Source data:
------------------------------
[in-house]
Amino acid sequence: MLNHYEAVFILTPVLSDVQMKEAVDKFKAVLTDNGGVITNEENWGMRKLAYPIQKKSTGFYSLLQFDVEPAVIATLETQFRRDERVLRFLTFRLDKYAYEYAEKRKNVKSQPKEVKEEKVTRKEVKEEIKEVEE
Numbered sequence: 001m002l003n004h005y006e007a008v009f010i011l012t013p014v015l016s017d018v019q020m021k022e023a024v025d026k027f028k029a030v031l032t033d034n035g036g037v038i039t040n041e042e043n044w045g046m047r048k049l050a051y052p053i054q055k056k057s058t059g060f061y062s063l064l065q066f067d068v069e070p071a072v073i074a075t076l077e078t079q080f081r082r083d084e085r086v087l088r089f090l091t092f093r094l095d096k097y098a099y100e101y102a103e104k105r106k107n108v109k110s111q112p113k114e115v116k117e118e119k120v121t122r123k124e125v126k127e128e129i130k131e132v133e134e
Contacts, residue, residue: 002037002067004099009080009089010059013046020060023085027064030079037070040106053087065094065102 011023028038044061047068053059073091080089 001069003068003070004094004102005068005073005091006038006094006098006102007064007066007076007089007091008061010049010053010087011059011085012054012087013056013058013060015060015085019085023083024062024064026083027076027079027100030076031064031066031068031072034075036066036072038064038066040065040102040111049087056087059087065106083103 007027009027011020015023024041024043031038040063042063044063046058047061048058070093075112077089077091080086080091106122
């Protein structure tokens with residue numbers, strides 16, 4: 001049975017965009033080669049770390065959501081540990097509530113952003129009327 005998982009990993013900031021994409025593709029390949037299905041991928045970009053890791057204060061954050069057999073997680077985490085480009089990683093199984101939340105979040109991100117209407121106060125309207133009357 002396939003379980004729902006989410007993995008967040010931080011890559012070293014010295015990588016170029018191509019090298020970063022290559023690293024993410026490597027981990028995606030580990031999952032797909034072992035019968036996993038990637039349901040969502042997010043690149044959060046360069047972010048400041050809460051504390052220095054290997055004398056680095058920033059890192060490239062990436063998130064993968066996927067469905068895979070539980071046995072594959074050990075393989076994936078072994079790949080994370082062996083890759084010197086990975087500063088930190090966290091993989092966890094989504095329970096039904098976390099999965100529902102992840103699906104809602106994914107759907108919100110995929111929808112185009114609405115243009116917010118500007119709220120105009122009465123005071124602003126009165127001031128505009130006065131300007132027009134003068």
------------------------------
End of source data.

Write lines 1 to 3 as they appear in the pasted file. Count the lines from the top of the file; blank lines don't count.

[in-house]
Amino acid sequence: MLNHYEAVFILTPVLSDVQMKEAVDKFKAVLTDNGGVITNEENWGMRKLAYPIQKKSTGFYSLLQFDVEPAVIATLETQFRRDERVLRFLTFRLDKYAYEYAEKRKNVKSQPKEVKEEKVTRKEVKEEIKEVEE
Numbered sequence: 001m002l003n004h005y006e007a008v009f010i011l012t013p014v015l016s017d018v019q020m021k022e023a024v025d026k027f028k029a030v031l032t033d034n035g036g037v038i039t040n041e042e043n044w045g046m047r048k049l050a051y052p053i054q055k056k057s058t059g060f061y062s063l064l065q066f067d068v069e070p071a072v073i074a075t076l077e078t079q080f081r082r083d084e085r086v087l088r089f090l091t092f093r094l095d096k097y098a099y100e101y102a103e104k105r106k107n108v109k110s111q112p113k114e115v116k117e118e119k120v121t122r123k124e125v126k127e128e129i130k131e132v133e134e